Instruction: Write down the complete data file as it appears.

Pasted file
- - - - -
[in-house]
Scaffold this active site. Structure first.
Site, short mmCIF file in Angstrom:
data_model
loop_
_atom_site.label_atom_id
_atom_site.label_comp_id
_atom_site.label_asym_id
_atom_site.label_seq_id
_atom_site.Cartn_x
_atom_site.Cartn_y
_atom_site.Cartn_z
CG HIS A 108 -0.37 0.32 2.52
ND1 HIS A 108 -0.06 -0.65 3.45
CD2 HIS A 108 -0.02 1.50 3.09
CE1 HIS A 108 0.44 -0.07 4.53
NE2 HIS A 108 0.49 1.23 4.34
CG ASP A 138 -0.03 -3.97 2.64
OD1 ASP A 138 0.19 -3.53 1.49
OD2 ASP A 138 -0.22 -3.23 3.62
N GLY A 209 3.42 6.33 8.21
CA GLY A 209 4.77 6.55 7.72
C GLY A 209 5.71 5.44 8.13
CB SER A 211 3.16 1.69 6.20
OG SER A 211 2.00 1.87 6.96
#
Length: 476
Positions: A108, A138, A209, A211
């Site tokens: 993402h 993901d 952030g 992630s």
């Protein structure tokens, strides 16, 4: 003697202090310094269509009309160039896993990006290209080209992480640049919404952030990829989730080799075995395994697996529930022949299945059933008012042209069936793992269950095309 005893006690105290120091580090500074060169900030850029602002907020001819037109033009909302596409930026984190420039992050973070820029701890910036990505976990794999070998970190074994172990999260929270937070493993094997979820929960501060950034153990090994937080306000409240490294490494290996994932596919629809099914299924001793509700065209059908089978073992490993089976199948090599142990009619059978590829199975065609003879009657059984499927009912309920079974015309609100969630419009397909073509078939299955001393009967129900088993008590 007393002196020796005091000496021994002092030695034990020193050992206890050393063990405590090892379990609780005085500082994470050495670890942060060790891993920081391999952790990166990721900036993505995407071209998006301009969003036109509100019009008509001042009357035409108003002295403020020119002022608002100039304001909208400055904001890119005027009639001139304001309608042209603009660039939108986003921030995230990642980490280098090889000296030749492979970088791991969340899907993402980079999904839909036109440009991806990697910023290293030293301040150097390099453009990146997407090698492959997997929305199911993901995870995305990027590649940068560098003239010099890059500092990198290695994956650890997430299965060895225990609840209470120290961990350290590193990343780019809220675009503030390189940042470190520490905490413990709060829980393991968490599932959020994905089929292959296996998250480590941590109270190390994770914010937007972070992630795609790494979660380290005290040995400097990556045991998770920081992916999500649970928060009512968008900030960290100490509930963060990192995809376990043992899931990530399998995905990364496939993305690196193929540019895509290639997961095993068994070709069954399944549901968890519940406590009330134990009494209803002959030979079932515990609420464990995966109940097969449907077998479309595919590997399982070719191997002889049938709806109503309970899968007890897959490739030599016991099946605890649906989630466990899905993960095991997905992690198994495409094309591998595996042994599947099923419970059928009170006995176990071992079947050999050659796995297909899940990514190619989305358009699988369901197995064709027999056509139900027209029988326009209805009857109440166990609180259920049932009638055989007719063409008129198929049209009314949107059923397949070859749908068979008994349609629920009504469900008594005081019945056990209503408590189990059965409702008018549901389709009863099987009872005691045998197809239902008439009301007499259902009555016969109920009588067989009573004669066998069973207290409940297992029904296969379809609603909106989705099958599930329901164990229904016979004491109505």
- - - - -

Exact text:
[in-house]
Scaffold this active site. Structure first.
Site, short mmCIF file in Angstrom:
data_model
loop_
_atom_site.label_atom_id
_atom_site.label_comp_id
_atom_site.label_asym_id
_atom_site.label_seq_id
_atom_site.Cartn_x
_atom_site.Cartn_y
_atom_site.Cartn_z
CG HIS A 108 -0.37 0.32 2.52
ND1 HIS A 108 -0.06 -0.65 3.45
CD2 HIS A 108 -0.02 1.50 3.09
CE1 HIS A 108 0.44 -0.07 4.53
NE2 HIS A 108 0.49 1.23 4.34
CG ASP A 138 -0.03 -3.97 2.64
OD1 ASP A 138 0.19 -3.53 1.49
OD2 ASP A 138 -0.22 -3.23 3.62
N GLY A 209 3.42 6.33 8.21
CA GLY A 209 4.77 6.55 7.72
C GLY A 209 5.71 5.44 8.13
CB SER A 211 3.16 1.69 6.20
OG SER A 211 2.00 1.87 6.96
#
Length: 476
Positions: A108, A138, A209, A211
């Site tokens: 993402h 993901d 952030g 992630s």
């Protein structure tokens, strides 16, 4: 003697202090310094269509009309160039896993990006290209080209992480640049919404952030990829989730080799075995395994697996529930022949299945059933008012042209069936793992269950095309 005893006690105290120091580090500074060169900030850029602002907020001819037109033009909302596409930026984190420039992050973070820029701890910036990505976990794999070998970190074994172990999260929270937070493993094997979820929960501060950034153990090994937080306000409240490294490494290996994932596919629809099914299924001793509700065209059908089978073992490993089976199948090599142990009619059978590829199975065609003879009657059984499927009912309920079974015309609100969630419009397909073509078939299955001393009967129900088993008590 007393002196020796005091000496021994002092030695034990020193050992206890050393063990405590090892379990609780005085500082994470050495670890942060060790891993920081391999952790990166990721900036993505995407071209998006301009969003036109509100019009008509001042009357035409108003002295403020020119002022608002100039304001909208400055904001890119005027009639001139304001309608042209603009660039939108986003921030995230990642980490280098090889000296030749492979970088791991969340899907993402980079999904839909036109440009991806990697910023290293030293301040150097390099453009990146997407090698492959997997929305199911993901995870995305990027590649940068560098003239010099890059500092990198290695994956650890997430299965060895225990609840209470120290961990350290590193990343780019809220675009503030390189940042470190520490905490413990709060829980393991968490599932959020994905089929292959296996998250480590941590109270190390994770914010937007972070992630795609790494979660380290005290040995400097990556045991998770920081992916999500649970928060009512968008900030960290100490509930963060990192995809376990043992899931990530399998995905990364496939993305690196193929540019895509290639997961095993068994070709069954399944549901968890519940406590009330134990009494209803002959030979079932515990609420464990995966109940097969449907077998479309595919590997399982070719191997002889049938709806109503309970899968007890897959490739030599016991099946605890649906989630466990899905993960095991997905992690198994495409094309591998595996042994599947099923419970059928009170006995176990071992079947050999050659796995297909899940990514190619989305358009699988369901197995064709027999056509139900027209029988326009209805009857109440166990609180259920049932009638055989007719063409008129198929049209009314949107059923397949070859749908068979008994349609629920009504469900008594005081019945056990209503408590189990059965409702008018549901389709009863099987009872005691045998197809239902008439009301007499259902009555016969109920009588067989009573004669066998069973207290409940297992029904296969379809609603909106989705099958599930329901164990229904016979004491109505």